Saudi Arabia sees progress on Yemen, stresses need to reinstate truce

Saudi Arabia’s foreign minister said on Wednesday progress was being made towards ending the Yemen war, in which Riyadh leads a military coalition, but more work was needed, including reinstating a truce and transitioning to a permanent ceasefire.

Prince Faisal bin Farhan Al Saud, speaking on a panel at the World Economic Forum in Davos, said the eight-year conflict would only be resolved through a political settlement.

The United Nations envoy for Yemen, Hans Grundberg, speaking on the same panel, said ending the war “will not be easy” and mistrust remains, but that serious steps have been taken recently.

The eight-year-old conflict between a military coalition led by Saudi Arabia and the Iran-aligned Houthi militias, the de facto authorities in North Yemen, has killed tens of thousands of people, wrecked the economy and pushed millions into hunger.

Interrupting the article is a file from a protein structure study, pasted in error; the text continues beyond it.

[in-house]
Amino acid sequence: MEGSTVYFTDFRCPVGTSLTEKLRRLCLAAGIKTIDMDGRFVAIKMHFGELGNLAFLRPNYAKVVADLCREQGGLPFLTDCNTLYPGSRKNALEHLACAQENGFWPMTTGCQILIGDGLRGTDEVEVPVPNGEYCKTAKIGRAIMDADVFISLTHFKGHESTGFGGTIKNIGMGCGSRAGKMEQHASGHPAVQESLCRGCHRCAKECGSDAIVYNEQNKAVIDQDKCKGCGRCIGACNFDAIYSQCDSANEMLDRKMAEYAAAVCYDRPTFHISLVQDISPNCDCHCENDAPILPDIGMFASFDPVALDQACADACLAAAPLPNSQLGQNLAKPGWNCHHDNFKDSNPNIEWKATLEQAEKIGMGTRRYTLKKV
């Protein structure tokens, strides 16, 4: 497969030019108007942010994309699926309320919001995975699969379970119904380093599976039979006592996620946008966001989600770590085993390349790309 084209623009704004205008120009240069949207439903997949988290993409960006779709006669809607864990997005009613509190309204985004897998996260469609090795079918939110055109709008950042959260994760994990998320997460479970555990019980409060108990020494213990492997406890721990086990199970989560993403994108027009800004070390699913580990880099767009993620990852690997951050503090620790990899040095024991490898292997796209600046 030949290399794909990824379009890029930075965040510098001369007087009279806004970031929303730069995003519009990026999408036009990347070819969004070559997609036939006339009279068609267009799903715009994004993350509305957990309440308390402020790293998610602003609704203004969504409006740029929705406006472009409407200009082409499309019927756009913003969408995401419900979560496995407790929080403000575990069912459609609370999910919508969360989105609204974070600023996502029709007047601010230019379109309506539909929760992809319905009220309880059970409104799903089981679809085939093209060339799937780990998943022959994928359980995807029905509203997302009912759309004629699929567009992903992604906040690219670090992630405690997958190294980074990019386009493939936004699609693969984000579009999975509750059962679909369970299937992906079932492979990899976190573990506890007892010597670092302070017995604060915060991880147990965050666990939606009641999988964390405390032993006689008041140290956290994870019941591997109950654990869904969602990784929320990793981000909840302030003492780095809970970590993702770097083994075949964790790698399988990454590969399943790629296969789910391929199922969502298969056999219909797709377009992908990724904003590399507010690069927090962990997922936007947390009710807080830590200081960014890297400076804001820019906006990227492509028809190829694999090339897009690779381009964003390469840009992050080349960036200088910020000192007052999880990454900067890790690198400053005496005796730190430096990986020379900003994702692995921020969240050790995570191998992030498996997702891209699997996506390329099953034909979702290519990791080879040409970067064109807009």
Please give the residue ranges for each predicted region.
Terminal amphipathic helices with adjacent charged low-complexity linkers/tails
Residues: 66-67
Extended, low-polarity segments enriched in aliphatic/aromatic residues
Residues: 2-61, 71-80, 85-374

A UN-brokered truce deal agreed in April and rolled over twice delivered the longest stretch of relative calm that has largely held since its expiry on October 2, though the two sides stepped up an economic war.

The United Nations has been pushing for an extended and broader deal encompassing a mechanism to pay public sector wages, which the Houthis had criticised for not including armed forces members.

Grundberg, speaking from Sana’a earlier this week, thanked Saudi Arabia and Oman for their diplomacy and said discussions in the past month have developed “options for mutually acceptable solutions to outstanding issues.”

But he advised against a “piecemeal approach” focused on individual needs, saying talks on short-term steps should be part of a broader approach toward a sustainable resolution of a multifaceted conflict in which several parties are vying for power.

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